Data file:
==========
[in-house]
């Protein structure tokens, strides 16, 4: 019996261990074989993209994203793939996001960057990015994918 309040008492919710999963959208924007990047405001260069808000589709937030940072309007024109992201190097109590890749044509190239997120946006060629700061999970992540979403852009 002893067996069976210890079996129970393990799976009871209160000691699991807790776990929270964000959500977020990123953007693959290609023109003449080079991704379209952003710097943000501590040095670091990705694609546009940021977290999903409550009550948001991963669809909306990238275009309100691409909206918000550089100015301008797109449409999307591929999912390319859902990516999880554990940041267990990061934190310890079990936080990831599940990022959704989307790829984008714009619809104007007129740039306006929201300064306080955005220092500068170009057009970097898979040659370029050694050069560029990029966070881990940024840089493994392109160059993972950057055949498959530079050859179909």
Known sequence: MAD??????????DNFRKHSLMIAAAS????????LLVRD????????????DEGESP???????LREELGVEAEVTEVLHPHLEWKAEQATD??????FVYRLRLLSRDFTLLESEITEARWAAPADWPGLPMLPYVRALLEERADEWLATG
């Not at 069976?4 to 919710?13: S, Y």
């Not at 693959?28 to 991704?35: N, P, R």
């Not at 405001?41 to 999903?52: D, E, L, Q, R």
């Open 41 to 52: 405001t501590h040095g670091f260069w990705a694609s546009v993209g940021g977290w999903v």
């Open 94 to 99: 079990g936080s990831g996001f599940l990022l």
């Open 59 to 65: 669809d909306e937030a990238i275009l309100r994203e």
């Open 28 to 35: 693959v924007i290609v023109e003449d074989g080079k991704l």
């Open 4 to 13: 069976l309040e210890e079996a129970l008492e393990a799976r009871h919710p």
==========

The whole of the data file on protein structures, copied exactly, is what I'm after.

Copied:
[in-house]
């Protein structure tokens, strides 16, 4: 019996261990074989993209994203793939996001960057990015994918 309040008492919710999963959208924007990047405001260069808000589709937030940072309007024109992201190097109590890749044509190239997120946006060629700061999970992540979403852009 002893067996069976210890079996129970393990799976009871209160000691699991807790776990929270964000959500977020990123953007693959290609023109003449080079991704379209952003710097943000501590040095670091990705694609546009940021977290999903409550009550948001991963669809909306990238275009309100691409909206918000550089100015301008797109449409999307591929999912390319859902990516999880554990940041267990990061934190310890079990936080990831599940990022959704989307790829984008714009619809104007007129740039306006929201300064306080955005220092500068170009057009970097898979040659370029050694050069560029990029966070881990940024840089493994392109160059993972950057055949498959530079050859179909």
Known sequence: MAD??????????DNFRKHSLMIAAAS????????LLVRD????????????DEGESP???????LREELGVEAEVTEVLHPHLEWKAEQATD??????FVYRLRLLSRDFTLLESEITEARWAAPADWPGLPMLPYVRALLEERADEWLATG
């Not at 069976?4 to 919710?13: S, Y």
């Not at 693959?28 to 991704?35: N, P, R």
């Not at 405001?41 to 999903?52: D, E, L, Q, R």
């Open 41 to 52: 405001t501590h040095g670091f260069w990705a694609s546009v993209g940021g977290w999903v």
């Open 94 to 99: 079990g936080s990831g996001f599940l990022l």
């Open 59 to 65: 669809d909306e937030a990238i275009l309100r994203e």
């Open 28 to 35: 693959v924007i290609v023109e003449d074989g080079k991704l």
């Open 4 to 13: 069976l309040e210890e079996a129970l008492e393990a799976r009871h919710p």